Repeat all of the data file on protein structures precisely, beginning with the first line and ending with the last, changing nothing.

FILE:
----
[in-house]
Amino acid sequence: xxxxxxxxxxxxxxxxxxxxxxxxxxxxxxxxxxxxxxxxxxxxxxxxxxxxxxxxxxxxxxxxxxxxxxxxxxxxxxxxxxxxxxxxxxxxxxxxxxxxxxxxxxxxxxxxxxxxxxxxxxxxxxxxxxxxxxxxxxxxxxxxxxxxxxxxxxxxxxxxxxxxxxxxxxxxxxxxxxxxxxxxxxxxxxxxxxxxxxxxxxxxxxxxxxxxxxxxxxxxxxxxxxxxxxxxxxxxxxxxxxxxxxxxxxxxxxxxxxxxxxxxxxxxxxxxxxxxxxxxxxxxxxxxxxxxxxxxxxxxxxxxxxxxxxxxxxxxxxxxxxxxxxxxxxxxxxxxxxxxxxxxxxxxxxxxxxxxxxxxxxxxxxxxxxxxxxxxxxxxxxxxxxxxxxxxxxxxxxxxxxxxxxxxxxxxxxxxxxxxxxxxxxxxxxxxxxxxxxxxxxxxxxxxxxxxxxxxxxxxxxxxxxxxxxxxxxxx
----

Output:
[in-house]
Amino acid sequence: xxxxxxxxxxxxxxxxxxxxxxxxxxxxxxxxxxxxxxxxxxxxxxxxxxxxxxxxxxxxxxxxxxxxxxxxxxxxxxxxxxxxxxxxxxxxxxxxxxxxxxxxxxxxxxxxxxxxxxxxxxxxxxxxxxxxxxxxxxxxxxxxxxxxxxxxxxxxxxxxxxxxxxxxxxxxxxxxxxxxxxxxxxxxxxxxxxxxxxxxxxxxxxxxxxxxxxxxxxxxxxxxxxxxxxxxxxxxxxxxxxxxxxxxxxxxxxxxxxxxxxxxxxxxxxxxxxxxxxxxxxxxxxxxxxxxxxxxxxxxxxxxxxxxxxxxxxxxxxxxxxxxxxxxxxxxxxxxxxxxxxxxxxxxxxxxxxxxxxxxxxxxxxxxxxxxxxxxxxxxxxxxxxxxxxxxxxxxxxxxxxxxxxxxxxxxxxxxxxxxxxxxxxxxxxxxxxxxxxxxxxxxxxxxxxxxxxxxxxxxxxxxxxxxxxxxxxxx